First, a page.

Amazon Project Zero helps brands keep counterfeiters off their listings – until Amazon suspends it. A brand suspended from Project Zero loses its most powerful tool to protect its intellectual property. And getting Project Zero back after it’s lost can be extremely difficult.
So, what is Project Zero exactly? And why does Amazon sometimes take it away from brands? Keep reading to learn more.
A Project Zero primer
Project Zero provides an extra level of counterfeit protection for brands selling on Amazon. There are more than 22,000 brands enrolled in Project Zero, which offers both automated and manual methods of removing counterfeit offers on ASINs.
Amazon boasts that it monitors more than 8 billion listing updates every day, looking for potential counterfeits. It automatically removes suspected counterfeits from the Amazon Marketplace – instantly. Amazon claims that more than 99 percent of blocked or removed listings are found by its proactive controls – before brands even have time to find and report them. These listings are suspected of being fraudulent, infringing, counterfeit or abusive.
In addition, brands with Amazon Project Zero access can immediately remove counterfeit listings without having to open a case. Just click on the offending offer in the Amazon Project Zero reporting tool, and it’s instantly taken down.
Getting approved for Amazon Project Zero
The ability to instantaneously remove counterfeit offers is incredibly valuable for brands. To qualify for Amazon Project Zero, a brand needs to:
- Be enrolled in Brand Registry, with a registered trademark and a Rights Owner role
- Submit reports of potential infringement through the Brand Registry Report a Violation tool, with an acceptance rate of 90 percent or better over six months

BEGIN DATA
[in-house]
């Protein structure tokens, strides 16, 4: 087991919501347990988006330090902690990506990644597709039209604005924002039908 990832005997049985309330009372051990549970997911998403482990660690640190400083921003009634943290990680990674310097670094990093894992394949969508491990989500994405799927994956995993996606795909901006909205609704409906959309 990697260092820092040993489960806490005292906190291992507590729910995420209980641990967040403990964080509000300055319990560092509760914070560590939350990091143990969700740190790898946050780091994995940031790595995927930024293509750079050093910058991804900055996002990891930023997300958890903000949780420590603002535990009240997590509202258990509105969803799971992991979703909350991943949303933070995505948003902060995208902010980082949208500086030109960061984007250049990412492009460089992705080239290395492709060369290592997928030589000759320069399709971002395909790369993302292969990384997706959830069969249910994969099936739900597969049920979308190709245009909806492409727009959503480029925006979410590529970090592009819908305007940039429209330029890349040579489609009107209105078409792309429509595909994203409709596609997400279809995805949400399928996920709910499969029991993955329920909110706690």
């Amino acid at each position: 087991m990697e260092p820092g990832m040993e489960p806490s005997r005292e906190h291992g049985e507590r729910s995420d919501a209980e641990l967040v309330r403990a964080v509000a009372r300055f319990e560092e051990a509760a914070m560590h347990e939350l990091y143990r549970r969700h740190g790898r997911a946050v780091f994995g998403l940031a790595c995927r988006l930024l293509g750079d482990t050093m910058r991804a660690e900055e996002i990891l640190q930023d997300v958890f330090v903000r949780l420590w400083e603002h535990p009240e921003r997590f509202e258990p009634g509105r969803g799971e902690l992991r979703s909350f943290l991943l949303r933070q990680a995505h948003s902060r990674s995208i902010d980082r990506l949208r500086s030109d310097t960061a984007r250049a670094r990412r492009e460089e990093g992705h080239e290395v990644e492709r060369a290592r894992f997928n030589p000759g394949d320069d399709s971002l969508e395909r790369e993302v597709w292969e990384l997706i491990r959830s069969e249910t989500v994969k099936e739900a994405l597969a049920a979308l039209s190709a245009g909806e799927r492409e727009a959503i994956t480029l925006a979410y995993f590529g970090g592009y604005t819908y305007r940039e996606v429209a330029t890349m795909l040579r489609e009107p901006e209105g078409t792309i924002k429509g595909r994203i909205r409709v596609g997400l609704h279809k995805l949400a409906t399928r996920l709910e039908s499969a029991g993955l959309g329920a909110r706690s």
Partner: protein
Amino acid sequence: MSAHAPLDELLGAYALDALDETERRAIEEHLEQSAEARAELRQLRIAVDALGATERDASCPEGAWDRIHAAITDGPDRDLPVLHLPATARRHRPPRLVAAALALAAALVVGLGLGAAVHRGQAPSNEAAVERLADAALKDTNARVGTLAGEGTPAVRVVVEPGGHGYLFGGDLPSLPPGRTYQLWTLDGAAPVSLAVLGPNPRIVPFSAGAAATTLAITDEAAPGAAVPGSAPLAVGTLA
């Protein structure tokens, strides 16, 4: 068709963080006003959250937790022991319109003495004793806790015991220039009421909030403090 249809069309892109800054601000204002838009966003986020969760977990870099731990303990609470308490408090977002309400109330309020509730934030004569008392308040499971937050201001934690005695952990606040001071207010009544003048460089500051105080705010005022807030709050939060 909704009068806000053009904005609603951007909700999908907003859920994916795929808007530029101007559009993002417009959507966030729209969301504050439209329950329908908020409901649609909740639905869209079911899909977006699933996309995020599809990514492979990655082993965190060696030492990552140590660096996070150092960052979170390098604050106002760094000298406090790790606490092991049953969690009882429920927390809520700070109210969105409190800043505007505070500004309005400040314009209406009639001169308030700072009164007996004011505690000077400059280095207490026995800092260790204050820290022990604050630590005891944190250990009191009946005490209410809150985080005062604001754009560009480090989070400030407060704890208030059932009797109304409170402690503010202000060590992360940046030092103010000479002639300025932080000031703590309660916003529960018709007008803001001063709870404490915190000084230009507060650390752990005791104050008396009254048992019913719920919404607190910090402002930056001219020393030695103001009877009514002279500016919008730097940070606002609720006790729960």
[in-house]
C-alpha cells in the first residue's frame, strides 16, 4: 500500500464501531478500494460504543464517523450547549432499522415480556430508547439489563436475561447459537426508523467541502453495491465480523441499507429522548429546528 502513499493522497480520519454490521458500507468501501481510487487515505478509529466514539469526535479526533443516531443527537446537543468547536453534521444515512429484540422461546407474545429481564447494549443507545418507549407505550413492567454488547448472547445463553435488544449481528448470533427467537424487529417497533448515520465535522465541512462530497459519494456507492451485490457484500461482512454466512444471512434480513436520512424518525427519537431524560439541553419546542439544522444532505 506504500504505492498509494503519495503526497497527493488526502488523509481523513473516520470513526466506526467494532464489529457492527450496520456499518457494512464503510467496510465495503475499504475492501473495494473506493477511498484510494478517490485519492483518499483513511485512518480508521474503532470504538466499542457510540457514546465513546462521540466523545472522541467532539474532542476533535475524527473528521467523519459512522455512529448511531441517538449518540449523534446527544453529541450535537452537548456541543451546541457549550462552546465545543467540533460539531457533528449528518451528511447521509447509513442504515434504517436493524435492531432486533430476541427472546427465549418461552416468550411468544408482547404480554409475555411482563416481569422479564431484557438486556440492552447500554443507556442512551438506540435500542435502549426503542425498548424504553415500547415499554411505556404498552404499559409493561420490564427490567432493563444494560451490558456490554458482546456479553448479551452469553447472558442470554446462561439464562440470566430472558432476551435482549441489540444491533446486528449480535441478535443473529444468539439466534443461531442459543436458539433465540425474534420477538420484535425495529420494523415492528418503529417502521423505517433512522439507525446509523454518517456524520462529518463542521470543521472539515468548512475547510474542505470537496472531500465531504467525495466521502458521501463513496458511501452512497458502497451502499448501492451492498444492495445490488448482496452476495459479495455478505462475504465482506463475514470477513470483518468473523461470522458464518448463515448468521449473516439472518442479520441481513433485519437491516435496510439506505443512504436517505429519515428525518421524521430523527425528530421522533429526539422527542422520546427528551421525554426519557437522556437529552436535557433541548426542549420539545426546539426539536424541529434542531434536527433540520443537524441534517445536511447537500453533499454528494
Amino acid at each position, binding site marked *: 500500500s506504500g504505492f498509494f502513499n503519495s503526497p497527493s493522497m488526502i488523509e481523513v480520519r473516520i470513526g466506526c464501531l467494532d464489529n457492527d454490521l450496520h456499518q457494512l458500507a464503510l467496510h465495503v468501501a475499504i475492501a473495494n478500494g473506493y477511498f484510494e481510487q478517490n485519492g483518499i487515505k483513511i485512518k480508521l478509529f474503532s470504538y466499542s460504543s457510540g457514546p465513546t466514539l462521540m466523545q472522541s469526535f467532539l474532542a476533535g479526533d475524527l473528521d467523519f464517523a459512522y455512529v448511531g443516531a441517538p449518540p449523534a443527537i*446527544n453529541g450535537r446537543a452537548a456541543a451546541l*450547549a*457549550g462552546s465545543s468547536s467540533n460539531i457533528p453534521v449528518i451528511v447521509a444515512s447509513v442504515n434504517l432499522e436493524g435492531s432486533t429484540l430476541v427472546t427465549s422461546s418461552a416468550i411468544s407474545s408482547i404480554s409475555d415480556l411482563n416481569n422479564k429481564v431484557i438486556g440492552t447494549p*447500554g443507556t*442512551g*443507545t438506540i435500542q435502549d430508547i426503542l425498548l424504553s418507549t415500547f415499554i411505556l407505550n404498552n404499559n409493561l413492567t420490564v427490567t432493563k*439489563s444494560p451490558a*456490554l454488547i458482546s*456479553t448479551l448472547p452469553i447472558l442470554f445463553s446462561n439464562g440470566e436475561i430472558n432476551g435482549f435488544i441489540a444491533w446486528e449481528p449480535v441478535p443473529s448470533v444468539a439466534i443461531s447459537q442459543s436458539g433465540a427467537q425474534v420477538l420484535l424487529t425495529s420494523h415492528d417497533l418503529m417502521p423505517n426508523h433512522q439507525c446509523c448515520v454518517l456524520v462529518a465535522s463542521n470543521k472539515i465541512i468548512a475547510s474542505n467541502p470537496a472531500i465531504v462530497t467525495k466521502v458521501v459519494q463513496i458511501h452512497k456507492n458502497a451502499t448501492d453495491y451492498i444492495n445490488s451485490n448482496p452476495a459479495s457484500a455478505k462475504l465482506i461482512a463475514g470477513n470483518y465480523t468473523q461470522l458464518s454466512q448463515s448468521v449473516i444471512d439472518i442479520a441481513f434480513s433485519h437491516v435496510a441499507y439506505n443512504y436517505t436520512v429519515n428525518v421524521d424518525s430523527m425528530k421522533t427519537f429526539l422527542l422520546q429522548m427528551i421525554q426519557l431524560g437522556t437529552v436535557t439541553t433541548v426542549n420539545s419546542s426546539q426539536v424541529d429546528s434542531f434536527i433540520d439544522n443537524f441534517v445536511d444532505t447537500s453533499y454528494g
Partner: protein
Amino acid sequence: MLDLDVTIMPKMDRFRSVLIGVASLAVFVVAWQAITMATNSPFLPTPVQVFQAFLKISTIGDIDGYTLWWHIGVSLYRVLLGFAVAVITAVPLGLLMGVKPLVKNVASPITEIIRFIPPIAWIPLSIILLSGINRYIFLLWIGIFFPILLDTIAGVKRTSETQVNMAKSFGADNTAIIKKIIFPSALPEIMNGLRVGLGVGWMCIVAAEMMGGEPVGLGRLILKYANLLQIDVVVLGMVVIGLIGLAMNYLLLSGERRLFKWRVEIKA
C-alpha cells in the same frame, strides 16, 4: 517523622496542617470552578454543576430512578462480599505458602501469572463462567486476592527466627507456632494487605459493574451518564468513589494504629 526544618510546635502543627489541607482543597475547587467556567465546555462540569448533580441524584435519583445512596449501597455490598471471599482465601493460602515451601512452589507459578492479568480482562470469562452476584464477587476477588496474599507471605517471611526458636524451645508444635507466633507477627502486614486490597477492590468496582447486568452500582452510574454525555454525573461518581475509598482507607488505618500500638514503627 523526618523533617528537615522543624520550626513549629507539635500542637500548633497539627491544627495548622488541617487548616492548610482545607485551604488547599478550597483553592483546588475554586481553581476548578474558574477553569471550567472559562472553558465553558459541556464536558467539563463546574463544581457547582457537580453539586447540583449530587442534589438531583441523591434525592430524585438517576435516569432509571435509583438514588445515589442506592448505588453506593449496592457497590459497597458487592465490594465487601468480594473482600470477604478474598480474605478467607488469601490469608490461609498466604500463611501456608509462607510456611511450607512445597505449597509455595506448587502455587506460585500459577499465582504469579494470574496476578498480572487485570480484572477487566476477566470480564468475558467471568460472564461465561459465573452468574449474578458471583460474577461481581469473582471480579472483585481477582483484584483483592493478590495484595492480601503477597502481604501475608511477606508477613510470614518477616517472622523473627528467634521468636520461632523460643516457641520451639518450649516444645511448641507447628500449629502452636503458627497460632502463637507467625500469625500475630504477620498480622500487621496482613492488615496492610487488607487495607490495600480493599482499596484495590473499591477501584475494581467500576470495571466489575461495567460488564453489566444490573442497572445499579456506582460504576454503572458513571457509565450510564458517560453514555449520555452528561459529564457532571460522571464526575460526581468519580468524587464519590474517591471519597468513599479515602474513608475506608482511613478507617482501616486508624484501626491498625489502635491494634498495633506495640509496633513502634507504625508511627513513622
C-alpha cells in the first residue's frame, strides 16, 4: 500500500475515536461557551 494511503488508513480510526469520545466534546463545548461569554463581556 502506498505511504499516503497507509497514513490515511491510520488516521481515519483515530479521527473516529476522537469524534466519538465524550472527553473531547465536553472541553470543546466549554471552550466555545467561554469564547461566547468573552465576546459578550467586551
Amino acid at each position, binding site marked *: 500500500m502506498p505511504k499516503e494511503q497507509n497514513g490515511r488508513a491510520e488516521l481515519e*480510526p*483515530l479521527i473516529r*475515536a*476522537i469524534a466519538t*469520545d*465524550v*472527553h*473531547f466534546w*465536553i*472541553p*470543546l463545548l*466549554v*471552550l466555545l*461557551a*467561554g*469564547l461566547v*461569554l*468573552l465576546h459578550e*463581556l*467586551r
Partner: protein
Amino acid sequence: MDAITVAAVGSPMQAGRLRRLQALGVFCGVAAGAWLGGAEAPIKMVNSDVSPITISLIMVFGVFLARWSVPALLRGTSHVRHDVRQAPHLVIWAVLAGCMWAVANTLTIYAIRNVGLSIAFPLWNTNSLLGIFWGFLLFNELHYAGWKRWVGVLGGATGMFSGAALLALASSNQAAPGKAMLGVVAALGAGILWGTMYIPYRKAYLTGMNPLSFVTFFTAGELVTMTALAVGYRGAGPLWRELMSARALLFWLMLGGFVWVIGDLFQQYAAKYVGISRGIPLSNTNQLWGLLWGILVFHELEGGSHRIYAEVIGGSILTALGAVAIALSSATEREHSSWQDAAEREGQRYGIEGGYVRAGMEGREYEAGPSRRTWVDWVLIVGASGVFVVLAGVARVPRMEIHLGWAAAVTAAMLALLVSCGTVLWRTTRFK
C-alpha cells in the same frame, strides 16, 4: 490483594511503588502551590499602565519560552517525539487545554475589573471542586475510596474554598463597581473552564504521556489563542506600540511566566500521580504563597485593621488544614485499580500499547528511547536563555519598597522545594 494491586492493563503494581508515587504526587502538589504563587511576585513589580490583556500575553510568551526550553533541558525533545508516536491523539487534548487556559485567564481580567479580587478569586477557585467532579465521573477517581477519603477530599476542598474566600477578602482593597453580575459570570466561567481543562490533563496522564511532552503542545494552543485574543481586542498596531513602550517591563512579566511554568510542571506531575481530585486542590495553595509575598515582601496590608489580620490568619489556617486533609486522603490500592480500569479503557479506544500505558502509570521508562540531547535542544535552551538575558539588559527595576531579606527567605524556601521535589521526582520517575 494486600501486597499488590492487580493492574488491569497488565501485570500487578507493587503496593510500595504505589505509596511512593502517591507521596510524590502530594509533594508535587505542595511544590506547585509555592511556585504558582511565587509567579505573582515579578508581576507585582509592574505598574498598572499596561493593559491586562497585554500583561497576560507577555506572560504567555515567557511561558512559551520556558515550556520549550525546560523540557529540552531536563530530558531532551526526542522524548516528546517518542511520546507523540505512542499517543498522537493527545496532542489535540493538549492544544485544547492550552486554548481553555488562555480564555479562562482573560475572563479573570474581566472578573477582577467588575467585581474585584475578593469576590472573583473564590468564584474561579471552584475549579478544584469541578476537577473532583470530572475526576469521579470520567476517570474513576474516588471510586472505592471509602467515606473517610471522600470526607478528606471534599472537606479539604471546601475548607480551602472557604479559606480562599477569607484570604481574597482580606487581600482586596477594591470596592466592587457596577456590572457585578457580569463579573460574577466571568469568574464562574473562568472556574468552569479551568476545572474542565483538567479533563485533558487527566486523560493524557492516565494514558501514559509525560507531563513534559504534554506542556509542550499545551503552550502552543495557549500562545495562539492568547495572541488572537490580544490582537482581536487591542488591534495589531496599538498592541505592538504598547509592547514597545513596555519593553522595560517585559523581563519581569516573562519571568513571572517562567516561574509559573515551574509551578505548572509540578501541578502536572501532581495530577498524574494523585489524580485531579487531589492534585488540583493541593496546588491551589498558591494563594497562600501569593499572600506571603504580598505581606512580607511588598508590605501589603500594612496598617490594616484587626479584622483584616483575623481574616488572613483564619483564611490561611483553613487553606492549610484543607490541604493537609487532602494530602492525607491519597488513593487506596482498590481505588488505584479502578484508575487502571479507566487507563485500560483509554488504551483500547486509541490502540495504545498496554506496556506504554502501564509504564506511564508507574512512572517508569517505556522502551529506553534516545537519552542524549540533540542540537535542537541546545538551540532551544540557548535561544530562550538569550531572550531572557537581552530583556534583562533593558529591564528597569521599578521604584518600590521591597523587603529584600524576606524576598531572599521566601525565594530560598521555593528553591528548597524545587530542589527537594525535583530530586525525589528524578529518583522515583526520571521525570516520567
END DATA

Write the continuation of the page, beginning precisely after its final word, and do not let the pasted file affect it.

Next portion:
Once a brand gets enrolled in Amazon Project Zero, it is automatically enrolled in other countries where the brand has a registered trademark enrolled in Brand Registry.
Amazon requires new Project Zero users to go through a training program, and then they monitor to prevent misuse or abuse of their tools. That’s where the trouble comes in.
… And then the suspension
Amazon Project Zero maintains a very high standard to retain reporting privileges. Brands must have a track record of 99 percent accuracy for counterfeit reports. In addition, ASIN takedowns only may be for counterfeit – and not for other forms of intellectual property violations. In other words, sellers and brands may not use Project Zero to remove offers that are problematic because of trademark, patent or copyright violations.
Unfortunately, Amazon is not transparent on that 99 percent metric.
When a brand owner reports an offer as counterfeit, the status of the report in the Project Zero interface will typically say “accepted.” That status may never change, and the metric may remain at 100 percent. Then suddenly, a brand owner may find their Project Zero privileges suspended.
At Riverbend Consulting, we have worked with sellers who appear to have lost their Amazon Project Zero privileges because:
- They used the Project Zero tool to report trademark, inauthentic, patent or copyright violations – instead of only counterfeit products. These other violation types should be raised in Brand Registry’s Report a Violation interface – not via Project Zero.
- They had one or more Project Zero reports overturned when a seller with authentic products appealed the ASIN takedown successfully.
- They had one or more Project Zero reports overturned when a seller with counterfeit products gave Amazon fake invoices or other forged “proof” they were selling authentic items.
- They were attacked by a Black Hat actor, who managed to have their Project Zero and Report a Violation privileges suspended via nefarious actions.
- They took an action that raised hackles in Amazon Retail, which had their Project Zero and other brand protection tools suspended.
Getting back to Project Zero
When a seller loses their Project Zero privileges, Amazon offers an opportunity to appeal. Amazon asks the brand to prove a negative – that it did not abuse the Project Zero counterfeit removal tool. Needless to say, this is incredibly difficult. And unfortunately, the front-line investigators almost never approve the appeal.
Instead, it’s necessary to escalate the issue internally at Amazon – usually to multiple teams – until the brand finds an open-minded executive who cares about their issues. Oftentimes, when we appeal Project Zero for brands, we are also working to restore all or some of their Brand Registry privileges at the same time.
Are you facing roadblocks and dead ends with Project Zero and Brand Registry? We’re help to help!